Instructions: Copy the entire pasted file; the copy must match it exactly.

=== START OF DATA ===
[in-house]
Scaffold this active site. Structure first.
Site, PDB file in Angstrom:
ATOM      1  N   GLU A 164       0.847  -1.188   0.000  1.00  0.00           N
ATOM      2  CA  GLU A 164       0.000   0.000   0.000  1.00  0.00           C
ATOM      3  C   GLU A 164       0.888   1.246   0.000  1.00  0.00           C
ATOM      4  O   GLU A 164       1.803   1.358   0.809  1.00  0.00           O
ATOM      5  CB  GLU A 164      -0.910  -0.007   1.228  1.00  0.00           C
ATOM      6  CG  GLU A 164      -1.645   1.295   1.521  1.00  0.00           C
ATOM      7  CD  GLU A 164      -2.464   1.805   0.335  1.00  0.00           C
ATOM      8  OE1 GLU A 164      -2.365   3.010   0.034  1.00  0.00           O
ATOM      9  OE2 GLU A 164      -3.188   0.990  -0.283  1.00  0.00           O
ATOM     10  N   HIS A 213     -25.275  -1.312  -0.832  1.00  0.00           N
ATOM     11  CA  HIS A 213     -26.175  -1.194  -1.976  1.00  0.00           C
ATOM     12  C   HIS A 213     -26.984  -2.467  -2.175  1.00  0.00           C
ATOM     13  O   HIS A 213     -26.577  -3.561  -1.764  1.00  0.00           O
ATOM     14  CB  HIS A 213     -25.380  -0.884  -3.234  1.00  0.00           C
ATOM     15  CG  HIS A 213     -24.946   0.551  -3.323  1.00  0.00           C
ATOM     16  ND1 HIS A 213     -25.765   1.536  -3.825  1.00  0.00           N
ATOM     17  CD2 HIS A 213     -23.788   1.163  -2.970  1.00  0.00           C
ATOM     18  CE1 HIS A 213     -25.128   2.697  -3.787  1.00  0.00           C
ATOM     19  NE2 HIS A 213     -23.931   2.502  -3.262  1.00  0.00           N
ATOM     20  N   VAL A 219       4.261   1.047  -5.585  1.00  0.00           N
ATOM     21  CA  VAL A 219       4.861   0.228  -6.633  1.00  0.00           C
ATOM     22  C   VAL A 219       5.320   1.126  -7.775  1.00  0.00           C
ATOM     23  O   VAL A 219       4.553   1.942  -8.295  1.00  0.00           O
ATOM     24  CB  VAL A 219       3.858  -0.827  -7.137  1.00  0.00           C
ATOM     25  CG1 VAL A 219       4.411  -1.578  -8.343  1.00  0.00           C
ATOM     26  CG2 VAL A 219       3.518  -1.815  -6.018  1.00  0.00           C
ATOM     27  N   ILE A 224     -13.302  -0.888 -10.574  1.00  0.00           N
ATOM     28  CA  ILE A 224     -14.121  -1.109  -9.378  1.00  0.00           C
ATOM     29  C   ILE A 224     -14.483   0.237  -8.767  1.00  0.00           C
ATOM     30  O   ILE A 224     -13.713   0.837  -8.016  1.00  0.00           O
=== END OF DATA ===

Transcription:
[in-house]
Scaffold this active site. Structure first.
Site, PDB file in Angstrom:
ATOM      1  N   GLU A 164       0.847  -1.188   0.000  1.00  0.00           N
ATOM      2  CA  GLU A 164       0.000   0.000   0.000  1.00  0.00           C
ATOM      3  C   GLU A 164       0.888   1.246   0.000  1.00  0.00           C
ATOM      4  O   GLU A 164       1.803   1.358   0.809  1.00  0.00           O
ATOM      5  CB  GLU A 164      -0.910  -0.007   1.228  1.00  0.00           C
ATOM      6  CG  GLU A 164      -1.645   1.295   1.521  1.00  0.00           C
ATOM      7  CD  GLU A 164      -2.464   1.805   0.335  1.00  0.00           C
ATOM      8  OE1 GLU A 164      -2.365   3.010   0.034  1.00  0.00           O
ATOM      9  OE2 GLU A 164      -3.188   0.990  -0.283  1.00  0.00           O
ATOM     10  N   HIS A 213     -25.275  -1.312  -0.832  1.00  0.00           N
ATOM     11  CA  HIS A 213     -26.175  -1.194  -1.976  1.00  0.00           C
ATOM     12  C   HIS A 213     -26.984  -2.467  -2.175  1.00  0.00           C
ATOM     13  O   HIS A 213     -26.577  -3.561  -1.764  1.00  0.00           O
ATOM     14  CB  HIS A 213     -25.380  -0.884  -3.234  1.00  0.00           C
ATOM     15  CG  HIS A 213     -24.946   0.551  -3.323  1.00  0.00           C
ATOM     16  ND1 HIS A 213     -25.765   1.536  -3.825  1.00  0.00           N
ATOM     17  CD2 HIS A 213     -23.788   1.163  -2.970  1.00  0.00           C
ATOM     18  CE1 HIS A 213     -25.128   2.697  -3.787  1.00  0.00           C
ATOM     19  NE2 HIS A 213     -23.931   2.502  -3.262  1.00  0.00           N
ATOM     20  N   VAL A 219       4.261   1.047  -5.585  1.00  0.00           N
ATOM     21  CA  VAL A 219       4.861   0.228  -6.633  1.00  0.00           C
ATOM     22  C   VAL A 219       5.320   1.126  -7.775  1.00  0.00           C
ATOM     23  O   VAL A 219       4.553   1.942  -8.295  1.00  0.00           O
ATOM     24  CB  VAL A 219       3.858  -0.827  -7.137  1.00  0.00           C
ATOM     25  CG1 VAL A 219       4.411  -1.578  -8.343  1.00  0.00           C
ATOM     26  CG2 VAL A 219       3.518  -1.815  -6.018  1.00  0.00           C
ATOM     27  N   ILE A 224     -13.302  -0.888 -10.574  1.00  0.00           N
ATOM     28  CA  ILE A 224     -14.121  -1.109  -9.378  1.00  0.00           C
ATOM     29  C   ILE A 224     -14.483   0.237  -8.767  1.00  0.00           C
ATOM     30  O   ILE A 224     -13.713   0.837  -8.016  1.00  0.00           O